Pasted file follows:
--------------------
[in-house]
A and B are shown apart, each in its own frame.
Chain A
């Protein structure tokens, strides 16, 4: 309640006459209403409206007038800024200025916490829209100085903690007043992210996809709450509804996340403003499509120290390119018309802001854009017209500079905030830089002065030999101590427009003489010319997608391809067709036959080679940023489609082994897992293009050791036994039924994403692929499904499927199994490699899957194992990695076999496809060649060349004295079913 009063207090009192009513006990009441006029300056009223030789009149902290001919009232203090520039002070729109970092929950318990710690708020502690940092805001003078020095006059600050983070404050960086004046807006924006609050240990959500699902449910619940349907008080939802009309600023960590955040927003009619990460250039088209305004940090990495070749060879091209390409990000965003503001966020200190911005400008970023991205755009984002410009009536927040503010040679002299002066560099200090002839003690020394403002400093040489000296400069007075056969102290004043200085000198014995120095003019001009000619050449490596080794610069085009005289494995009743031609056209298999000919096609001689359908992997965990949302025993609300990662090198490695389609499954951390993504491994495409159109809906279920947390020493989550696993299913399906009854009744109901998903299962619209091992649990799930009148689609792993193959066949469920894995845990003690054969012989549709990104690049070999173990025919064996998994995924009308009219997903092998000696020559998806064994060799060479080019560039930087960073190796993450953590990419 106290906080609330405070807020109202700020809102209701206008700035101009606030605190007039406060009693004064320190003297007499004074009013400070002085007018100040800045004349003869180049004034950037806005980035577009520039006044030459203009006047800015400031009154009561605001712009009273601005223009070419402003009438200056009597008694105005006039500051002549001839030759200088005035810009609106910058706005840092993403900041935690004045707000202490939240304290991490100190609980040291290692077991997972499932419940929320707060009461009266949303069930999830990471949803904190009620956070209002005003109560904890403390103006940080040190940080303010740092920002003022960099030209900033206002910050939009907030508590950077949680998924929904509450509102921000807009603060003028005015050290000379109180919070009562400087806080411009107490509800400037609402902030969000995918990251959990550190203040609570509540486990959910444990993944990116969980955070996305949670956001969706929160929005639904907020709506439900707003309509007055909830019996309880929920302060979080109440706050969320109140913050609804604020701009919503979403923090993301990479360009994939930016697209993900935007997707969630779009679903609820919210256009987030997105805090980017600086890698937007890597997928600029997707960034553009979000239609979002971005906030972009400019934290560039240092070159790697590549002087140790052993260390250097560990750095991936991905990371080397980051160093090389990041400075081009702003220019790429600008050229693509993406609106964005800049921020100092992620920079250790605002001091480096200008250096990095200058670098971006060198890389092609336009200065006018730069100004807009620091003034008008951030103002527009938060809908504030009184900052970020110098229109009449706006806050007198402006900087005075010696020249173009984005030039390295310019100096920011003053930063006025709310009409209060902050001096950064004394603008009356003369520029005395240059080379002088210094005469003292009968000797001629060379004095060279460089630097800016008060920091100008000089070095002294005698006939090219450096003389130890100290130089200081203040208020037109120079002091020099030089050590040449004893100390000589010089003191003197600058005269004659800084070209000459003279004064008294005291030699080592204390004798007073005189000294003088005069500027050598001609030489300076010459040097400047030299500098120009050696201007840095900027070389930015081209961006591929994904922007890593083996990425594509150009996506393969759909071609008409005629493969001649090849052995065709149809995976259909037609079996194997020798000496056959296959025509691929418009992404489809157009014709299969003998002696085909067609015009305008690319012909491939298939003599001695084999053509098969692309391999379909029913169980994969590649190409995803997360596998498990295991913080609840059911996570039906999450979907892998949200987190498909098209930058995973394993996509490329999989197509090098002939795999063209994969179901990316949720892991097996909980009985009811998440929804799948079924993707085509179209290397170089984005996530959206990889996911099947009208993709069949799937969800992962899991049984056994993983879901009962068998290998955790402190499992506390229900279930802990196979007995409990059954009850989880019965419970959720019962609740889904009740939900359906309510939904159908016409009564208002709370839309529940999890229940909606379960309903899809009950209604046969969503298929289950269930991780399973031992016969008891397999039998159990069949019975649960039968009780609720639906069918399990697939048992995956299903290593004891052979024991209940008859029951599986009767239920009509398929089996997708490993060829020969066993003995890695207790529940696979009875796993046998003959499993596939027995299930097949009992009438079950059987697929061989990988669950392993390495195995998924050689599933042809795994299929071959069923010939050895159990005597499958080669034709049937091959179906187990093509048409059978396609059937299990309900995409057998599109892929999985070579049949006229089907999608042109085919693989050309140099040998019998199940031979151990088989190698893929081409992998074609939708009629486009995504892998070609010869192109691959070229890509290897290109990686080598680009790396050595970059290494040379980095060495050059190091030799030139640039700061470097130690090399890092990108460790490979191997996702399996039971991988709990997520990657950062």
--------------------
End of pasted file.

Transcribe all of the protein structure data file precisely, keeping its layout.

[in-house]
A and B are shown apart, each in its own frame.
Chain A
């Protein structure tokens, strides 16, 4: 309640006459209403409206007038800024200025916490829209100085903690007043992210996809709450509804996340403003499509120290390119018309802001854009017209500079905030830089002065030999101590427009003489010319997608391809067709036959080679940023489609082994897992293009050791036994039924994403692929499904499927199994490699899957194992990695076999496809060649060349004295079913 009063207090009192009513006990009441006029300056009223030789009149902290001919009232203090520039002070729109970092929950318990710690708020502690940092805001003078020095006059600050983070404050960086004046807006924006609050240990959500699902449910619940349907008080939802009309600023960590955040927003009619990460250039088209305004940090990495070749060879091209390409990000965003503001966020200190911005400008970023991205755009984002410009009536927040503010040679002299002066560099200090002839003690020394403002400093040489000296400069007075056969102290004043200085000198014995120095003019001009000619050449490596080794610069085009005289494995009743031609056209298999000919096609001689359908992997965990949302025993609300990662090198490695389609499954951390993504491994495409159109809906279920947390020493989550696993299913399906009854009744109901998903299962619209091992649990799930009148689609792993193959066949469920894995845990003690054969012989549709990104690049070999173990025919064996998994995924009308009219997903092998000696020559998806064994060799060479080019560039930087960073190796993450953590990419 106290906080609330405070807020109202700020809102209701206008700035101009606030605190007039406060009693004064320190003297007499004074009013400070002085007018100040800045004349003869180049004034950037806005980035577009520039006044030459203009006047800015400031009154009561605001712009009273601005223009070419402003009438200056009597008694105005006039500051002549001839030759200088005035810009609106910058706005840092993403900041935690004045707000202490939240304290991490100190609980040291290692077991997972499932419940929320707060009461009266949303069930999830990471949803904190009620956070209002005003109560904890403390103006940080040190940080303010740092920002003022960099030209900033206002910050939009907030508590950077949680998924929904509450509102921000807009603060003028005015050290000379109180919070009562400087806080411009107490509800400037609402902030969000995918990251959990550190203040609570509540486990959910444990993944990116969980955070996305949670956001969706929160929005639904907020709506439900707003309509007055909830019996309880929920302060979080109440706050969320109140913050609804604020701009919503979403923090993301990479360009994939930016697209993900935007997707969630779009679903609820919210256009987030997105805090980017600086890698937007890597997928600029997707960034553009979000239609979002971005906030972009400019934290560039240092070159790697590549002087140790052993260390250097560990750095991936991905990371080397980051160093090389990041400075081009702003220019790429600008050229693509993406609106964005800049921020100092992620920079250790605002001091480096200008250096990095200058670098971006060198890389092609336009200065006018730069100004807009620091003034008008951030103002527009938060809908504030009184900052970020110098229109009449706006806050007198402006900087005075010696020249173009984005030039390295310019100096920011003053930063006025709310009409209060902050001096950064004394603008009356003369520029005395240059080379002088210094005469003292009968000797001629060379004095060279460089630097800016008060920091100008000089070095002294005698006939090219450096003389130890100290130089200081203040208020037109120079002091020099030089050590040449004893100390000589010089003191003197600058005269004659800084070209000459003279004064008294005291030699080592204390004798007073005189000294003088005069500027050598001609030489300076010459040097400047030299500098120009050696201007840095900027070389930015081209961006591929994904922007890593083996990425594509150009996506393969759909071609008409005629493969001649090849052995065709149809995976259909037609079996194997020798000496056959296959025509691929418009992404489809157009014709299969003998002696085909067609015009305008690319012909491939298939003599001695084999053509098969692309391999379909029913169980994969590649190409995803997360596998498990295991913080609840059911996570039906999450979907892998949200987190498909098209930058995973394993996509490329999989197509090098002939795999063209994969179901990316949720892991097996909980009985009811998440929804799948079924993707085509179209290397170089984005996530959206990889996911099947009208993709069949799937969800992962899991049984056994993983879901009962068998290998955790402190499992506390229900279930802990196979007995409990059954009850989880019965419970959720019962609740889904009740939900359906309510939904159908016409009564208002709370839309529940999890229940909606379960309903899809009950209604046969969503298929289950269930991780399973031992016969008891397999039998159990069949019975649960039968009780609720639906069918399990697939048992995956299903290593004891052979024991209940008859029951599986009767239920009509398929089996997708490993060829020969066993003995890695207790529940696979009875796993046998003959499993596939027995299930097949009992009438079950059987697929061989990988669950392993390495195995998924050689599933042809795994299929071959069923010939050895159990005597499958080669034709049937091959179906187990093509048409059978396609059937299990309900995409057998599109892929999985070579049949006229089907999608042109085919693989050309140099040998019998199940031979151990088989190698893929081409992998074609939708009629486009995504892998070609010869192109691959070229890509290897290109990686080598680009790396050595970059290494040379980095060495050059190091030799030139640039700061470097130690090399890092990108460790490979191997996702399996039971991988709990997520990657950062």